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May 2006

May 2006

Its All About Options

by: Nathan M. Cochran
Running Backs Coach, UW-Platteville
© May 2006

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3 Ways to Utilize the Option in the Shotgun and the Spread Offense

The option remains one of the most successful concepts in football. It forces the defense to play assignment football and account for each ball carrier. On offense it allows you to leave defenders unblocked at the point of attack. Option concepts have evolved over the last 40 years. Most offensive coordinators have incorporated some form of option into their offenses. In this article I will discuss three different ways the option can be used in the shotgun and spread offenses.

The first is a simple double option, often called the speed option. Most offenses use this because it is good against defenses which blitz a lot and it’s not a complicated read for the quarterback to master. Here at UW-Platteville we use the “Speed Option.” We employ a load and a “Base” scheme (See Diagrams 1 and 2).

Diagram 1

Diagram 2

In the “Load” scheme, the end man on the line of scrimmage (LOS) is to be blocked. He would normally be your “pitch man” (the defender the quarterback determines whether to keep or pitch the ball off of) in the Speed Option. In the “Base” scheme we are optioning the end man on the LOS. The quarterback receives the snap and runs toward the play-side tackle’s outside hip. He attacks the inside shoulder of defender being read. The quarterback reads his shoulders. If he can read the defender’s numbers and the defender is attacking, he should pitch. If the defender’s shoulders are square to the LOS and he is “feathering” (trying to defend both the quarterback and running back) the quarterback should turn up underneath the read man and get what yardage he can. The running back will take a depth-step and an open-step to move to the proper pitch relationship of four yards deep and one yard behind.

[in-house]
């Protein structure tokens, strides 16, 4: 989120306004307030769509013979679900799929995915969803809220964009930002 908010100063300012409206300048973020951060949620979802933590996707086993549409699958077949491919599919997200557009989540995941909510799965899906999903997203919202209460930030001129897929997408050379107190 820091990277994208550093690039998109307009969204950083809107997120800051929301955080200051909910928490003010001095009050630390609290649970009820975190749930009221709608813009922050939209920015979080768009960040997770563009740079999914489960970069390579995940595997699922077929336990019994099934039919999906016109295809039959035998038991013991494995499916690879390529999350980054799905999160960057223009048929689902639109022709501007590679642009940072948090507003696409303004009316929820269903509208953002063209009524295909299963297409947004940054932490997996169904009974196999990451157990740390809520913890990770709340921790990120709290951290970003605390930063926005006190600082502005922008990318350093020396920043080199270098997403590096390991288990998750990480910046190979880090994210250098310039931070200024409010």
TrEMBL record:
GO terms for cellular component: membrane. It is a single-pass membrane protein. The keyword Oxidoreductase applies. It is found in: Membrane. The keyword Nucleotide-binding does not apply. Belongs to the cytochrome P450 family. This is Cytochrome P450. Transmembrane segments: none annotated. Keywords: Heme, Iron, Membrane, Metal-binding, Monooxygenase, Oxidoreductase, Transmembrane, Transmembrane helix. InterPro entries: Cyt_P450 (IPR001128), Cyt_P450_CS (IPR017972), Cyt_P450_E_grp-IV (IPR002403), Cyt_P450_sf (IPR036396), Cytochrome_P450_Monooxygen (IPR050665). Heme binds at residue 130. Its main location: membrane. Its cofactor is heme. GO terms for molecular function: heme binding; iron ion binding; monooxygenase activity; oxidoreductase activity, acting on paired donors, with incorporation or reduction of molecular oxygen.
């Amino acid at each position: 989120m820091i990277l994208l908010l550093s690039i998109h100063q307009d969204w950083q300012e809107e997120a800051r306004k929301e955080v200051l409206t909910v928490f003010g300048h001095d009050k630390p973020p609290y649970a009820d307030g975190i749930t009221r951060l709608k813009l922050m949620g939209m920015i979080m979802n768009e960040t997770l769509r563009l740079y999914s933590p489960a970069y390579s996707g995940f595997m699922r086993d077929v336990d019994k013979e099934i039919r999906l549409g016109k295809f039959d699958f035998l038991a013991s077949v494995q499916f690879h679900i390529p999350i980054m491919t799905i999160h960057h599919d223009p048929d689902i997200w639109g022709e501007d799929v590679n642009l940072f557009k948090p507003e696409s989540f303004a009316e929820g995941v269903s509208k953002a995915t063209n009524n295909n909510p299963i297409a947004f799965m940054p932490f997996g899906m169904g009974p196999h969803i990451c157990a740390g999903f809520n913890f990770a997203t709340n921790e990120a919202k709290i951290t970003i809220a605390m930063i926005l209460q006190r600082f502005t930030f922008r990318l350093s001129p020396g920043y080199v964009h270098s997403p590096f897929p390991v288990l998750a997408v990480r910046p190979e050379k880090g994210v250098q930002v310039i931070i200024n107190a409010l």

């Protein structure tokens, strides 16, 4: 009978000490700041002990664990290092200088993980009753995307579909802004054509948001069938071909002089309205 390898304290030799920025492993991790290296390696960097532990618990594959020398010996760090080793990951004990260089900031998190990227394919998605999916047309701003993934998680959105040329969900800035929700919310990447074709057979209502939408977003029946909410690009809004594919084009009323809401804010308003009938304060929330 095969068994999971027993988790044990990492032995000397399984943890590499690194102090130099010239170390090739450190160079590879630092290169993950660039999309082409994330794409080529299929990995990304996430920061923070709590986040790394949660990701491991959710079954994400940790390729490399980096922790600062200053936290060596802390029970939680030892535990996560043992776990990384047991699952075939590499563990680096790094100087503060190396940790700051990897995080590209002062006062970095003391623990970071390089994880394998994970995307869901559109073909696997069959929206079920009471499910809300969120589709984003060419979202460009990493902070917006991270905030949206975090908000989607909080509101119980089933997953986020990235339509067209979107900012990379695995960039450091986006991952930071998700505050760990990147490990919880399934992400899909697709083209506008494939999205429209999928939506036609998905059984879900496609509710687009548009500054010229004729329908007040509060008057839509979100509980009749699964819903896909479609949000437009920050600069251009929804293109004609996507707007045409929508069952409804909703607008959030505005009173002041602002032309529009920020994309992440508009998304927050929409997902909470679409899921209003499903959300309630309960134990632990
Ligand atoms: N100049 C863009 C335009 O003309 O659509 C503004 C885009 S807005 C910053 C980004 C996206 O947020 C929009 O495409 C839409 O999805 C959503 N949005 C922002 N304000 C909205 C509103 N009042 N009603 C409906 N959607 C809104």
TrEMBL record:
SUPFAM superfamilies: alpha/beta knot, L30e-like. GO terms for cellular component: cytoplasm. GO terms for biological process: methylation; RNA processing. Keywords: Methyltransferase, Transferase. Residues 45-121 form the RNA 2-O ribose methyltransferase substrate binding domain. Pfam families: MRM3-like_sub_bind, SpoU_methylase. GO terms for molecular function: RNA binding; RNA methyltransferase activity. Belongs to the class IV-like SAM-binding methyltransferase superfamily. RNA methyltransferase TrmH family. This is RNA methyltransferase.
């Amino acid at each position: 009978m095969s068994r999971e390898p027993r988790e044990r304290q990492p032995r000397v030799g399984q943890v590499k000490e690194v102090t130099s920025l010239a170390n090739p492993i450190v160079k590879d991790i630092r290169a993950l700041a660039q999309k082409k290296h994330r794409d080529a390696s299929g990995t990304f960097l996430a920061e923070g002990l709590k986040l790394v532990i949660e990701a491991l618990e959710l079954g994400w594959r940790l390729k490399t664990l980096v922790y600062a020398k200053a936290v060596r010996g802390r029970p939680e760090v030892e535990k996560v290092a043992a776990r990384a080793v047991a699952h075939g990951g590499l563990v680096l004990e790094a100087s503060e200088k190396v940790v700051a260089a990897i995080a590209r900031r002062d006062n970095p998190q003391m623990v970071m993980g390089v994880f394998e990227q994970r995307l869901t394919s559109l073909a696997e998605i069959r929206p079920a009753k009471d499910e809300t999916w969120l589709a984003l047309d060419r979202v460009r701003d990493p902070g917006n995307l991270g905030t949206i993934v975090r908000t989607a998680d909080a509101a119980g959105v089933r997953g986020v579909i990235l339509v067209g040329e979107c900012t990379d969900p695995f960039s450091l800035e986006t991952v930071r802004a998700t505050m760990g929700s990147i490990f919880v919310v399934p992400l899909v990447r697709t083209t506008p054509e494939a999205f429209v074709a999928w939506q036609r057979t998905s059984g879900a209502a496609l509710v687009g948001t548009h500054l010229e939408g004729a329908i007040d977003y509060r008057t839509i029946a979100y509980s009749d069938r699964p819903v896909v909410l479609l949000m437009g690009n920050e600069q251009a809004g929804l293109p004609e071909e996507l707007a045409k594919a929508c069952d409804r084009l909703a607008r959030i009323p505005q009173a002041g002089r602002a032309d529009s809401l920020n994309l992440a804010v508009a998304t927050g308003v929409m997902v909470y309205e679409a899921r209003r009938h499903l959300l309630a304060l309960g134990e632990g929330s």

The second option is a “Triple Option.” There are two types of “Triple Option” which can be run from the shotgun spread. At UW-Platteville we only run one version but I will expound on both. Urban Meyer (Head Coach at University of Florida) and Tony DeMeo (Head Coach at University of Charleston) have made both versions popular by running each successfully. The first “Triple Option” is a speed Option/Shovel pass hybrid. It can be run out of a single-back set with a slot receiver running the underneath shovel or with a two back set (See Diagrams 3 and 4).

Diagram 3

Diagram 4

The quarterback still reads the end man on the LOS. If the defender comes up field hard, the quarterback will shovel pass the ball underneath. If the defender stays on the LOS with his shoulders square or he squeezes with the tackle’s down block, the quarterback carries out the speed option, attacking the line of scrimmage. The backside slot or running back will run the shovel route and read the block of the pulling guard. The playside running back or slot will run the same pitch relationship described in the “Speed Option.” An additional advantage to the “Triple Option” is the shovel pass. If the receiver drops it, it is an incomplete pass and not a fumble.

The second version of the “Triple Option” uses the mesh-concept. This “Triple Option” was developed from the “Inside Zone/Zone Keep” play that a lot of teams run out of the shotgun spread. This version is designed to take advantage of the defense end and takes advantage of defenses that do not play assignment football (See Diagram 5). The running back and the offensive line run “Zone Right” reading the backside defensive end. If the DE crashes down the LOS (chasing the running back) the quarterback keeps the ball. If the end stays home the quarterback gives the ball. If the DE crashes, the quarterback pulls the ball and goes to the next phase of the option. Now the quarterback is running “Speed Option” with the backside running back or a slot wide receiver who has to come in motion or has begun from a shortened split (See Diagrams 6 and 7). The pitch key is now the apex linebacker or the next defender outside the defensive end.

Diagram 5

Diagram 6

Diagram 7

The addition of any of these three plays can add new wrinkles to a shotgun spread offense. The ones used by the UW-Platteville coaching staff provide a great addition to our offense. Though the option is a great play in any offense, it requires a lot of repetition for the quarterback to learn the reads and acquire the necessary timing with the pitchman. Patience and a high level of commitment will ensure you can run the option successfully.


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